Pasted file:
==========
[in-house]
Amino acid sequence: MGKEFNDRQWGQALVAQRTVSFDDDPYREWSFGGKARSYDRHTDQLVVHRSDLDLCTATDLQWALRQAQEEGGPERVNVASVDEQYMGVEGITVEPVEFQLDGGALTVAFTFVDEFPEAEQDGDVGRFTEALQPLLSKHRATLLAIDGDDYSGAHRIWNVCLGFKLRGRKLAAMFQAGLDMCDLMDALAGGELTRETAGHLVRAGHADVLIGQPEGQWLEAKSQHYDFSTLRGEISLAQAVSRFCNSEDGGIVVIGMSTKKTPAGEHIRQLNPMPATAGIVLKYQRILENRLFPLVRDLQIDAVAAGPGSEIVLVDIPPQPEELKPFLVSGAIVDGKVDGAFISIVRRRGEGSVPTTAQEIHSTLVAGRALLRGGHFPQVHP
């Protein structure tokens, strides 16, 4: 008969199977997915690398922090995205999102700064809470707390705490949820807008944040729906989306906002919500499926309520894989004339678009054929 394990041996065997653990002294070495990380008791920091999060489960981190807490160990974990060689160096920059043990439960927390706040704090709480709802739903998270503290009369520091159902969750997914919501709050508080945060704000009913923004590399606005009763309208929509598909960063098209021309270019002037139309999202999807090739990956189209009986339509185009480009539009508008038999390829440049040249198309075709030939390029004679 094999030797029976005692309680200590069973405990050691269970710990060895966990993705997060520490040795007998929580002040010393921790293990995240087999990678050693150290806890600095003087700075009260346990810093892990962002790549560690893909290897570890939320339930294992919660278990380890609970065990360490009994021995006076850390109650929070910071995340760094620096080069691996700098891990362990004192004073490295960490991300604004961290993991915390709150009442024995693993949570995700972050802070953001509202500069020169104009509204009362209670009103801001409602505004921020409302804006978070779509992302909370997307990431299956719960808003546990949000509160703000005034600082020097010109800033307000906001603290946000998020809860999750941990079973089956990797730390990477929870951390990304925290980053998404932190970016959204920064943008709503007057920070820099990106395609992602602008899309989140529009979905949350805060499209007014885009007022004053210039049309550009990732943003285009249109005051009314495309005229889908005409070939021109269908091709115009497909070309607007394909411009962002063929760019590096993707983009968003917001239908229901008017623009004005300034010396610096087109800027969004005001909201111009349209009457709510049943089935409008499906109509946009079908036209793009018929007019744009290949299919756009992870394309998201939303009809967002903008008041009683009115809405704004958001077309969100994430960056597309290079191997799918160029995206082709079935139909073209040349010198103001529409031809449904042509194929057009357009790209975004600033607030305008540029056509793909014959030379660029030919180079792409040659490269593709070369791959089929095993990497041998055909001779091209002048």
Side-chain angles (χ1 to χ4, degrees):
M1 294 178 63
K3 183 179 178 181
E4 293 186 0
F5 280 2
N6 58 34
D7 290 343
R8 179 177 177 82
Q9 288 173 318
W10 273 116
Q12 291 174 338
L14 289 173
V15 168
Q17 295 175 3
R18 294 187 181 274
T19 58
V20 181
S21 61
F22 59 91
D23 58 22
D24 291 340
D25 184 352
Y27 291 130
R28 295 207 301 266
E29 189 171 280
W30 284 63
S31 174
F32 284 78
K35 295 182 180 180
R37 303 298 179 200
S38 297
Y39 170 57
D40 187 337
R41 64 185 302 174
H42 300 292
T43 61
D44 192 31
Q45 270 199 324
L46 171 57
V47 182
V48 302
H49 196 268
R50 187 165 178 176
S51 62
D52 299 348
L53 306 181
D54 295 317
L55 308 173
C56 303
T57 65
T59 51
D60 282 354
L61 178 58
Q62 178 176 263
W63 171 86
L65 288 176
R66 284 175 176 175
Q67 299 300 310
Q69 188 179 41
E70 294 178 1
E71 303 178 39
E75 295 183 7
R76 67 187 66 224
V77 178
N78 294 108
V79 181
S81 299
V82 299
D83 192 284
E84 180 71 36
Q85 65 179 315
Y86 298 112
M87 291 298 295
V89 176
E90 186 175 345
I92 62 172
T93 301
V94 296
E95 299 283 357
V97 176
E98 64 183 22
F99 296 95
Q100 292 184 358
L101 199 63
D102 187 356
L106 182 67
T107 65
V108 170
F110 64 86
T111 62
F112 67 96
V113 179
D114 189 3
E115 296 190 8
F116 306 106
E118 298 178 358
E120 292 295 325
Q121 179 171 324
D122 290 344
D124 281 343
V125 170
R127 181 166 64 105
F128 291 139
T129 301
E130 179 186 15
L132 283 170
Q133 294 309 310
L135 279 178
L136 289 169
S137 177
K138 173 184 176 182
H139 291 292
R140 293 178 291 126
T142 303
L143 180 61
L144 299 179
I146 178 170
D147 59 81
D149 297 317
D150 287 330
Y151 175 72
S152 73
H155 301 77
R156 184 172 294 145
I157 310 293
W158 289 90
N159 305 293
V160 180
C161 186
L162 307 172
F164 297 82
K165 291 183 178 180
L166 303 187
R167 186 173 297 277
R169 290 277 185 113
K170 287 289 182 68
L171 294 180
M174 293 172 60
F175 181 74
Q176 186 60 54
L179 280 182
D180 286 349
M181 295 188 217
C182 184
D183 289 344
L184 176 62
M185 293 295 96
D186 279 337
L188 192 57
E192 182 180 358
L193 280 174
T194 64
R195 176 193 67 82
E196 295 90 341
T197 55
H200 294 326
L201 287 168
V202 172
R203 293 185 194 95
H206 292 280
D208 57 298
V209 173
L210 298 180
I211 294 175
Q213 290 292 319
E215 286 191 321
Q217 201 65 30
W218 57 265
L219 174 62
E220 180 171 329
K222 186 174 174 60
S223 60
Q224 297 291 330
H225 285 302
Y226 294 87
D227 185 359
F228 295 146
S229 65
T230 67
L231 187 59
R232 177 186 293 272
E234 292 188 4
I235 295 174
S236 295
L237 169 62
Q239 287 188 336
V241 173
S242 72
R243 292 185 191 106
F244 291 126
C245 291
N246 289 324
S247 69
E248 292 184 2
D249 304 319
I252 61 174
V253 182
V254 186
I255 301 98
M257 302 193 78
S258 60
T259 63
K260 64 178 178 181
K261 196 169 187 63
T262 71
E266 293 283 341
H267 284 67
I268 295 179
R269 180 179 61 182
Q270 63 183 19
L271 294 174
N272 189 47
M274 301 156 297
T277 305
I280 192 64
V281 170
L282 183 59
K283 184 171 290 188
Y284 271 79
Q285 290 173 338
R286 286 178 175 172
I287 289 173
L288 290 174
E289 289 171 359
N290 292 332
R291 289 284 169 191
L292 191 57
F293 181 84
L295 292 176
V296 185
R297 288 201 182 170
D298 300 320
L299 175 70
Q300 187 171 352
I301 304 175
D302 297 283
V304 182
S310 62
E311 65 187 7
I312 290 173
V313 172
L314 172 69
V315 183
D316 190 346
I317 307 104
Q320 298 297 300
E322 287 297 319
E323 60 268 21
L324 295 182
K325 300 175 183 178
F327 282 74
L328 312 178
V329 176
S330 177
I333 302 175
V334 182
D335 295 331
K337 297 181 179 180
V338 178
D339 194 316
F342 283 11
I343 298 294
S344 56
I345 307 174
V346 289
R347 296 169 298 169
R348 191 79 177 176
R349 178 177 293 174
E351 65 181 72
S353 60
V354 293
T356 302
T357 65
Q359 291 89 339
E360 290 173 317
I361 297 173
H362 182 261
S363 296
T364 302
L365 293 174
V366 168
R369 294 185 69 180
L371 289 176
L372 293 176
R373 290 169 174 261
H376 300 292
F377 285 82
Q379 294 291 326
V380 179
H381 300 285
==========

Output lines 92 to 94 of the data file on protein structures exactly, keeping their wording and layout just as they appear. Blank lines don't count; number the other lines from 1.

F110 64 86
T111 62
F112 67 96